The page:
• Dry Powder Inhaler (DPI): DPIs are devices that dispense medication pills. They don't need the same level of coordination that MDIs do while pressing the canister. Instead, the patient must inhale quickly and deeply to spread the powder throughout their lungs. DPIs frequently use breath actuation, which triggers the automatic release of medication as the patient inhales.
  • Nebulizer: A nebuliser is a device that produces a fine mist of medication to be administered. It is frequently used for kids or those with trouble utilising MDIs or DPIs. Nebulisers are frequently used at home or in hospital settings.
  • Soft Mist Inhaler (SMI): SMIs are more user-friendly than MDIs or DPIs since they release medication as a gentle, slow-moving mist. They are appropriate for people who have trouble inhaling quickly and forcefully.
  • Breath-Actuated Inhaler: This inhaler releases medication when you take a deep breath, so it doesn't require precise coordination.
  • Respimat: This soft mist inhaler makes it easier for some people to inhale medication by dispensing it as a slow-moving, fine mist.
  • Autohaler: An MDI having a built-in breath-actuated mechanism is known as an autohaler. When the patient inhales, the drug is released automatically.
  • Diskus: When a patient moves the lever to open the device, a Diskus releases the medication in a pre-measured dose. It is simple to use and does not require much coordination.
  • Turbuhaler: Another type of DPI, a turbuhaler loads the drug via a twist mechanism, and the patient inhales the powder (Healthify, 2023).

Advantages and disadvantages of MDIs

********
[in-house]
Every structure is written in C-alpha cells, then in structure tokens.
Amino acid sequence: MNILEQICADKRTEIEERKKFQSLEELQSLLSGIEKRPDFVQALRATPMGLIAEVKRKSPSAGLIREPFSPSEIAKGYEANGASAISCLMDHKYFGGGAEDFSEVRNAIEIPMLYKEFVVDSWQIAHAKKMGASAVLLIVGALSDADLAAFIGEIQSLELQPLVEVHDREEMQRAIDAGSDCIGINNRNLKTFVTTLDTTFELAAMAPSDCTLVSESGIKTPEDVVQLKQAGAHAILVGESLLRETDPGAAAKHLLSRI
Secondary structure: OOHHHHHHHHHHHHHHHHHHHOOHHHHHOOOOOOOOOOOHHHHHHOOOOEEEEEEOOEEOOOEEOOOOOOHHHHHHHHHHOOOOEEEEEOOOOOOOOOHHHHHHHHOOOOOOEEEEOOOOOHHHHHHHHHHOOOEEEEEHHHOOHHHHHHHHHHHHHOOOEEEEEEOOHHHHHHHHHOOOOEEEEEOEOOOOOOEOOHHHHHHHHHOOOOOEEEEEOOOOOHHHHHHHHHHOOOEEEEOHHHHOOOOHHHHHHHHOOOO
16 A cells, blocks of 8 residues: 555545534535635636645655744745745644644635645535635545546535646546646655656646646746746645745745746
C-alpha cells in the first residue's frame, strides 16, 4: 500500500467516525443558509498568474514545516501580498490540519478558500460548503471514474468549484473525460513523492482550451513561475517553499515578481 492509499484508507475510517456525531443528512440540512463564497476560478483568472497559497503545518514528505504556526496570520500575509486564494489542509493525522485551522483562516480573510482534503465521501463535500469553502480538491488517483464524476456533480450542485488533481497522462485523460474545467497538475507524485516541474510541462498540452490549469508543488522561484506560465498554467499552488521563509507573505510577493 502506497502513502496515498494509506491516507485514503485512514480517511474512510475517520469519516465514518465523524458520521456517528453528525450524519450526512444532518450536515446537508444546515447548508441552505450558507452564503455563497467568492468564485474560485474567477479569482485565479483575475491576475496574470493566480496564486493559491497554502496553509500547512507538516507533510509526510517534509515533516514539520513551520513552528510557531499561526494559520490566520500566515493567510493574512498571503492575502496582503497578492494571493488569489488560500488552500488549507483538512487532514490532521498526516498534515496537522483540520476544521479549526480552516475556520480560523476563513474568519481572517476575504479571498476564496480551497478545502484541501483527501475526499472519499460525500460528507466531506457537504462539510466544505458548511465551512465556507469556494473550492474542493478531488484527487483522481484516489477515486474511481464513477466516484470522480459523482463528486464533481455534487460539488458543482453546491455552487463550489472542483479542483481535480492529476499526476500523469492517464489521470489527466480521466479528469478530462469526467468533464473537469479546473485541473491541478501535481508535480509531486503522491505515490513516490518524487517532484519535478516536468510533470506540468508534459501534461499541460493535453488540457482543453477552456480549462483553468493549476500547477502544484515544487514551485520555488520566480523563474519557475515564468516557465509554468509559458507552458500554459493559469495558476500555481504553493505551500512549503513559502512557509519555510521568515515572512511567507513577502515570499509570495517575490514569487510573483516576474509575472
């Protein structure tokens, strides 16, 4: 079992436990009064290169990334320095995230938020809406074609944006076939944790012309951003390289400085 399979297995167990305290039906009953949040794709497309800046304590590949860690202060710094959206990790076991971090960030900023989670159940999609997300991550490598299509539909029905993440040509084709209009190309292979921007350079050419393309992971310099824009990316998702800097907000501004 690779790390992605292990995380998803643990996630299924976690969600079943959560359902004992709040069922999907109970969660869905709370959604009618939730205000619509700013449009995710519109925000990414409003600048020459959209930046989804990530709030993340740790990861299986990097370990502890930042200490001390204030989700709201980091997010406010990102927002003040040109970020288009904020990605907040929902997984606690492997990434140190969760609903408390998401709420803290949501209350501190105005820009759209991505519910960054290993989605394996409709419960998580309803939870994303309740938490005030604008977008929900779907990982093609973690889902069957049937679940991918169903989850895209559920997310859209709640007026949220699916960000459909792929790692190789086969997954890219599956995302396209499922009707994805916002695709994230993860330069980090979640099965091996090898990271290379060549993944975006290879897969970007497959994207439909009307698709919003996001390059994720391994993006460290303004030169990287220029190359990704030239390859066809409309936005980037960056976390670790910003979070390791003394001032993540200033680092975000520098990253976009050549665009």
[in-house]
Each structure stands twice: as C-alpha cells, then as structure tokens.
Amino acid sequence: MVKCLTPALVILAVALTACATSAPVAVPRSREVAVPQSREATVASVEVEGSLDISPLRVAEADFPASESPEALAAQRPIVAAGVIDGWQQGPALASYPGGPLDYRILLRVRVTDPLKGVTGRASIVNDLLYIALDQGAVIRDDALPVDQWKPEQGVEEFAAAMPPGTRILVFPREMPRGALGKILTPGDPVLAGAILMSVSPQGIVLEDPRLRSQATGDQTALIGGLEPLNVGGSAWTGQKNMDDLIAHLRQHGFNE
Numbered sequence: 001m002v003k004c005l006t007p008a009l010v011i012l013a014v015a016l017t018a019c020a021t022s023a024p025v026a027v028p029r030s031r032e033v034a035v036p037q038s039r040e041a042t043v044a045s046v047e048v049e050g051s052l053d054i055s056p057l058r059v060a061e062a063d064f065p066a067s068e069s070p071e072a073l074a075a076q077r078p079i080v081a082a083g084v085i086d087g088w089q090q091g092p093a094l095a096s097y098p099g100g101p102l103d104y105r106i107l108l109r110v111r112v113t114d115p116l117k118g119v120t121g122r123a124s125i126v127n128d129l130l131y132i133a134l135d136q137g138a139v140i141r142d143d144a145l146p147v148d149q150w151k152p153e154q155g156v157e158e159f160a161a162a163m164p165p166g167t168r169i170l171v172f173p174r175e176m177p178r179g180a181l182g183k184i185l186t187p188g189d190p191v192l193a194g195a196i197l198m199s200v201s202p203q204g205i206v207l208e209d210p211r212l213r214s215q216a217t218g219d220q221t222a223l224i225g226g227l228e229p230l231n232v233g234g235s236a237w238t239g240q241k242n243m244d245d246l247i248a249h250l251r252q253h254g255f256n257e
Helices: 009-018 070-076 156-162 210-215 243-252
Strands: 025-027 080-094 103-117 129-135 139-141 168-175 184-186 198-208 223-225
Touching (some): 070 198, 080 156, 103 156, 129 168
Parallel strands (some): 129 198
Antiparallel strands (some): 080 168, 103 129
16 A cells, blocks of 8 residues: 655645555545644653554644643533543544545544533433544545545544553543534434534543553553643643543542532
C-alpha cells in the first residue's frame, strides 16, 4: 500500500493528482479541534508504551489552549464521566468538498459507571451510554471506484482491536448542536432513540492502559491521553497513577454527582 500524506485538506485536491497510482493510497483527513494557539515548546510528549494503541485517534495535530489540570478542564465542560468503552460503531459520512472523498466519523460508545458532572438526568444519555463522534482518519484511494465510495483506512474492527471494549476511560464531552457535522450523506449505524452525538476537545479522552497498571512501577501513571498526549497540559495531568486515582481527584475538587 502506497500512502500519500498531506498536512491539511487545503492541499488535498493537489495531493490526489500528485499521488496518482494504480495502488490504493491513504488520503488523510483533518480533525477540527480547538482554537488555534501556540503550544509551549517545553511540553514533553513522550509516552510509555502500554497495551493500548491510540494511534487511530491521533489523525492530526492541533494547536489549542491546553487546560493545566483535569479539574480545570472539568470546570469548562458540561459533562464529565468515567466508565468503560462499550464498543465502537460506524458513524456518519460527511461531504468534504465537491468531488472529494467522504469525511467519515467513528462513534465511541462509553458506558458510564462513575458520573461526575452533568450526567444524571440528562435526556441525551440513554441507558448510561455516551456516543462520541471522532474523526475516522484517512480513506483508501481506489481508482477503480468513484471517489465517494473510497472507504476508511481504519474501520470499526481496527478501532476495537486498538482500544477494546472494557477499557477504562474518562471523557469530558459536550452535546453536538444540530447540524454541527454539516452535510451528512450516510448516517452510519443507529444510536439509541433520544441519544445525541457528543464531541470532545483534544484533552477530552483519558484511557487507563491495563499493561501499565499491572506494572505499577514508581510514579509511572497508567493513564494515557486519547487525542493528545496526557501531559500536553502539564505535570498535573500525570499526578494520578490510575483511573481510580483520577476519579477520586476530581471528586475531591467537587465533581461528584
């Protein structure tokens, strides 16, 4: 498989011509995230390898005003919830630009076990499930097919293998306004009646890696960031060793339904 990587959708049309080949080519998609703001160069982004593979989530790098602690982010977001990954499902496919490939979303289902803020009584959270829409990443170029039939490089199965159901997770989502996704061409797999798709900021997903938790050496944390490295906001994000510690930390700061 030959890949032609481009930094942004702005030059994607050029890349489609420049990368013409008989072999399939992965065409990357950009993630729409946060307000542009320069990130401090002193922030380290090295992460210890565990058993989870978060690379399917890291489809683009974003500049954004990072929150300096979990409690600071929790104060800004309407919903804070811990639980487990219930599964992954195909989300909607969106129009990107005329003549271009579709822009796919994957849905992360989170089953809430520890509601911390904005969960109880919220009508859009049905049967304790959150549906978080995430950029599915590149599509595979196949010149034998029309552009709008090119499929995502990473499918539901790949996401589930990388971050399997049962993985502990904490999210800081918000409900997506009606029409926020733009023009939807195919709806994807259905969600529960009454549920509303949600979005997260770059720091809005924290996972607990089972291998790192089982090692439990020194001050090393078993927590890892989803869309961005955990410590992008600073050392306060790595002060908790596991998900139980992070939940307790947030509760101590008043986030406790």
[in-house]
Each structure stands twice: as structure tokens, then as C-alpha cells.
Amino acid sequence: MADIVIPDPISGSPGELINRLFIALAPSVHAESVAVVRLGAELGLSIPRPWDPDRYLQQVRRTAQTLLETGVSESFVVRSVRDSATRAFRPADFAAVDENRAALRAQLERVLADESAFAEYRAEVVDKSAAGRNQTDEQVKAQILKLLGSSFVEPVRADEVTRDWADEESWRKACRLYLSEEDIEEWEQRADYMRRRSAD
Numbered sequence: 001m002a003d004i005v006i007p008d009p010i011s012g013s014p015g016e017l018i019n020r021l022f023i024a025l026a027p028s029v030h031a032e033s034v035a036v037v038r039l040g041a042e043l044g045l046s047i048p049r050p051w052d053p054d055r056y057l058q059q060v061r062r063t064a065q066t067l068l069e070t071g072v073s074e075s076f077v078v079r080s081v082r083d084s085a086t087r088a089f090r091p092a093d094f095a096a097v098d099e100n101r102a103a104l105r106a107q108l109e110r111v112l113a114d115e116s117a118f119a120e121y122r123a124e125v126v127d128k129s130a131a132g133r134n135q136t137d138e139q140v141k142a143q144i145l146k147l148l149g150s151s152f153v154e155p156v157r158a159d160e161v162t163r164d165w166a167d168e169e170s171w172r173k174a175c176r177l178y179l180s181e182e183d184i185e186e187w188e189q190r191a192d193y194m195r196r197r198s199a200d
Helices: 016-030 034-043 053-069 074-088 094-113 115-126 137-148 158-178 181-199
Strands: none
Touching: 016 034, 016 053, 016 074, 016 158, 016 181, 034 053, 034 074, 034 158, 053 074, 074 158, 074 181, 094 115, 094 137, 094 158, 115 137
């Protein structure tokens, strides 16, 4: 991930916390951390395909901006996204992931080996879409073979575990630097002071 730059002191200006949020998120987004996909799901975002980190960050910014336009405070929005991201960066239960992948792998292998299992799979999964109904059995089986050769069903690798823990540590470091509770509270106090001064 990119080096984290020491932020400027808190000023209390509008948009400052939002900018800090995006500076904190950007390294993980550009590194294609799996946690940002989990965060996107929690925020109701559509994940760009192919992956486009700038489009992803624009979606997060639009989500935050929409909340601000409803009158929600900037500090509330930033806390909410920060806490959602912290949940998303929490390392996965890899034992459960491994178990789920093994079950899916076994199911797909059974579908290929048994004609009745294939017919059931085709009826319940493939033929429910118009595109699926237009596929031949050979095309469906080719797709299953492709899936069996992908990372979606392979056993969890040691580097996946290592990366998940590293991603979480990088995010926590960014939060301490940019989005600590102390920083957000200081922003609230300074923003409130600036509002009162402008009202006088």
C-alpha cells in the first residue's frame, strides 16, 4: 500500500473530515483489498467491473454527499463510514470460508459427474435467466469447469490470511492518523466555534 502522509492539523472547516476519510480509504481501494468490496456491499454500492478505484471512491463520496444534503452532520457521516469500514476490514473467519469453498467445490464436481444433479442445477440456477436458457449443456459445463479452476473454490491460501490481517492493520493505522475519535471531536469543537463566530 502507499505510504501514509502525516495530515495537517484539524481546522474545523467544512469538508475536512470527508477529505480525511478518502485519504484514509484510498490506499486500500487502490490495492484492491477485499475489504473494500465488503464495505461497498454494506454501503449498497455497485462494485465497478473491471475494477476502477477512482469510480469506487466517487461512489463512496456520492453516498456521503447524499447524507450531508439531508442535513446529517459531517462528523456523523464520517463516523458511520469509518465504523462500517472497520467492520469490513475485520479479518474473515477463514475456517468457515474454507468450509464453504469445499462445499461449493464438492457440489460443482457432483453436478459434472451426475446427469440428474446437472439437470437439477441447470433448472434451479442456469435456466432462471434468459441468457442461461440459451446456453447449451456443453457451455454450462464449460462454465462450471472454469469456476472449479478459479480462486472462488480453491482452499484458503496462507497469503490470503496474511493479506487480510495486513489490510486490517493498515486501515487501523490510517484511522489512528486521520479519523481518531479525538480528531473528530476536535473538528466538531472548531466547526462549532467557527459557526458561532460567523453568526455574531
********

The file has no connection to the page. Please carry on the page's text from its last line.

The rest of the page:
Metered Dose Inhalers (MDIs) are a widely used medication delivery method targeting respiratory conditions like asthma and chronic obstructive pulmonary disease (COPD). These devices offer several advantages and some drawbacks.

The portability and small size of MDIs, which make it easy for patients to carry and utilise them, is a key advantage. Each actuation releases a precise and constant amount of medication, guaranteeing exact drug delivery. Additionally, bronchodilators and corticosteroids are among the drugs found in MDIs, making them a flexible therapy choice. However, using MDIs presents several difficulties. For certain patients, especially kids and the elderly, it might be challenging to time the inhale with the actuation. By assuring improved lung drug deposition, spacer devices can assist in resolving this problem. Additionally, employing MDIs raises environmental issues because of the propellants they contain, which increase greenhouse gas emissions (De Boer & Thalberg, 2020). Other pros and cons are displayed in the table visible in front of you

 Priming the Inhaler

Step-by-Step Instructions for Checking the Inhaler: Before we delve into the specifics of using a spacer, ensuring that the inhaler is in good working condition is crucial. Let us go through some critical steps for preparing the inhaler:

Step 1: Start by removing the inhaler from its box or packaging.

Step 2: Remove the protective dust cap covering the mouthpiece.